Council staff were told by allegedly corrupt managers that domestic travel junkets and four-figure long lunches gifted by contractors were "just a perk," a court has heard.

And a more junior staff member told the High Court at Auckland the receipt of these gifts were not formally declared, for fear that colleagues not in the loop would get jealous.

Stephen Borlase, of roading contractor Projenz, and former Rodney District Council and Auckland Transport senior manager Murray Noone are on trial in the High Court at Auckland facing charges of corrupting a public official through bribery.

The pair have pleaded not guilty to all charges.


Over the past week the court has heard of more than $400,000 in gifts lavished by Projenz on council staff responsible for roading contracts. These gifts included Rugby World Cup tickets, iPhones, attendance at swanky lunches and international and domestic travel.

The court yesterday and today heard evidence from Simon Mann, a lower-ranked former council employee who worked in the road management divisions of both RDC and Auckland Transport under Noone.

Crown prosecutor Brian Dickey walked Mann though a half-dozen domestic trips between 2007 and 2012, mostly to Queenstown, where Borlase was shown to have covered thousands of dollars in airfares, rental car and hotel bills.

Mann said the first time he took one of these holidays he wasn't expecting Borlase to pick up the bill. "When I spoke to my manager about it, he told me it was just a perk."

The manager in question, Barrie George, pleaded guilty on the eve of trial to accepting more than $100,000 in bribes from Borlase.

Dickey asked whether Mann ever questioned why he was being showered with gifts worth thousands of dollars: "Did you ever question ... why Borlase or Projenz were paying these sorts of expenses for you?"

Mann replied, "I asked Mr George 'was this OK with Murray Noone?' and he said yes it was."

Dickey asked if Mann had ever declared these gifts to other council management. Mann said he had only made his immediate superior aware and told no one else.

"I didn't think it was necessary for other people to know. They might be jealous they hadn't been asked."

Dickey also questioned Mann about his attendance at a mid-week long lunch at Euro restaurant in July 2008. The court had earlier heard the bill for that function, for 10 people, totalled $5500 and was covered by Borlase.

Mann said he had no idea when the event, which started at 12:30pm, ended. "It was dark," he said.

"There were a few people there, and a lot of alc-" he said, pausing. "Euro's fairly expensive, isn't it?"

Asked about the quantity of alcohol consumed, Mann said: "There was a few beers and wines."

Mann also said Borlase had booked him and other council staff hotel accommodation in the central city on the night of the lunch, although Mann said he didn't check in as he caught a taxi home instead.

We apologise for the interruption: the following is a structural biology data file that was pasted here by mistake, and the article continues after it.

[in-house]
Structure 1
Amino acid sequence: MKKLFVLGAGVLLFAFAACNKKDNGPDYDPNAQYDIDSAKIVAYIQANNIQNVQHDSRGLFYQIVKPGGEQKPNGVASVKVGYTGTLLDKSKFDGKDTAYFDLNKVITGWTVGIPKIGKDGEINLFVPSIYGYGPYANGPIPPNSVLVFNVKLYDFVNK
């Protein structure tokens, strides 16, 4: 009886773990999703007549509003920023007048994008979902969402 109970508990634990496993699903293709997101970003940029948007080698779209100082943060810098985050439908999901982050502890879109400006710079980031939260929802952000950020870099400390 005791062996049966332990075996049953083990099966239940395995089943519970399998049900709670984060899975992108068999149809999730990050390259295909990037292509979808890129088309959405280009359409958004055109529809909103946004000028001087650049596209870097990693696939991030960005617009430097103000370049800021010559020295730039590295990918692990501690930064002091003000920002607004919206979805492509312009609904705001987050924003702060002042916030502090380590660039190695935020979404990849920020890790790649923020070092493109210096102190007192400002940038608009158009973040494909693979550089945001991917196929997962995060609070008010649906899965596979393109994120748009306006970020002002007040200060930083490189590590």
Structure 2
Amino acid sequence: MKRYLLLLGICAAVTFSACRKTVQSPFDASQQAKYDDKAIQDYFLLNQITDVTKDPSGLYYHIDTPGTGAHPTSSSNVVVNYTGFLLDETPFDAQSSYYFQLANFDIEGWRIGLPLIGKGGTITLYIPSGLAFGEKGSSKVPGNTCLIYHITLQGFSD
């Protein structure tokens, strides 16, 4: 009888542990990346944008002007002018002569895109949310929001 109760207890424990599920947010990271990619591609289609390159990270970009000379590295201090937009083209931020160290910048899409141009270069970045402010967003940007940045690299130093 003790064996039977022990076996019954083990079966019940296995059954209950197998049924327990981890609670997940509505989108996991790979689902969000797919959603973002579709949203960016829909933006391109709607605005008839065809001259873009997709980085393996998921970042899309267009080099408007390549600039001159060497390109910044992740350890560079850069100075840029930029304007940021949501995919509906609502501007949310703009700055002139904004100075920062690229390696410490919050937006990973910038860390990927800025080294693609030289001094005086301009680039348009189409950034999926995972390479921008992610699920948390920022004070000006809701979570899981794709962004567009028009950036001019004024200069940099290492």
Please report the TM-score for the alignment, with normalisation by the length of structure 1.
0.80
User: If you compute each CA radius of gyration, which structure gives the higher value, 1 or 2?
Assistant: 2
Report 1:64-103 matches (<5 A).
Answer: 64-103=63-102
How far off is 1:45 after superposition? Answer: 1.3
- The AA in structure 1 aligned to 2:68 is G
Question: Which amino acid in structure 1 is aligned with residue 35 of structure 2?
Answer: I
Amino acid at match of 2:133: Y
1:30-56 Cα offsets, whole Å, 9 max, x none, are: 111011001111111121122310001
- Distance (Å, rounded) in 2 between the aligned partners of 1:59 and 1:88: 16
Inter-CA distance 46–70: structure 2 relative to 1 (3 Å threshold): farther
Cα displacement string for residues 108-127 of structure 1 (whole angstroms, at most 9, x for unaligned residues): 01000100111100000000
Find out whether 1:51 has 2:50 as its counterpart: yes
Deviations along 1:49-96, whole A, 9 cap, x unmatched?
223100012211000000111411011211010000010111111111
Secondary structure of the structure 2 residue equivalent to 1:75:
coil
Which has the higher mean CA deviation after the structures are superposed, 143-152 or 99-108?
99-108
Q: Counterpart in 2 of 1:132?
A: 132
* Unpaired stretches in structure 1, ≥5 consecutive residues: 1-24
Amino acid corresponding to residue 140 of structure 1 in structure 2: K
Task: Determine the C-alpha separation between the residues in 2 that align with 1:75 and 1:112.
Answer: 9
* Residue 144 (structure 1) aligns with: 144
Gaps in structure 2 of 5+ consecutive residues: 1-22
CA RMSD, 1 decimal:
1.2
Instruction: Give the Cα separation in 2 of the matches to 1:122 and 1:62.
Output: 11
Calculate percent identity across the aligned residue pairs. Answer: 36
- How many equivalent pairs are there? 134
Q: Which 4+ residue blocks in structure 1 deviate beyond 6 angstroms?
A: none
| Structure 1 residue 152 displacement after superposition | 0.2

Under cross-examination from Ron Mansfield, acting for Borlase, Mann was quizzed over whether these meals and trips had influenced any of his decision made on behalf of council.

"So, other than Projenz going out of its way to build a good working relationships with council staff, no pressure at all was placed on you to do anything other than doing your job?"

"No," replied Mann.

"Did you bend the rules in favour of Projenz at any point?"


Yesterday the court heard from Kevin Ramsay, the director of finance at Rodney District Council and later the general manager of finance at Auckland during the period of the alleged offending.

Ramsay said both organisations had formalised conflict of interest and gift policies.

"The fundamental notion was the gift shouldn't be accepted if it would lead to even a perception of a conflict. Exceptions were understood, though, for small gifts. The same was true of functions - if it was truly for the building of relationships, but small value only," he said.

Asked whether gifts of travel for employee's partners could be accepted under council rules - as the Crown alleged occurred on numerous occasions - Ramsay said: "I couldn't see any basis for that, even under extreme circumstances."

Ron Mansfield, acting for Borlase, contended council budgets for training and development, and staff salaries, were "meagre" compared to their private sector contractor counterparts.

Ramsay said there could be tensions, but council staff had more generous working conditions and expectations of behaviour were also different between the two sectors.

"There is an extra duty of care in the public sector, because there are public funds involved. Whereas the private sector is quite different," he said.

The trial, into the second of a scheduled seven weeks before Justice Sally Fitzgerald alone, continues.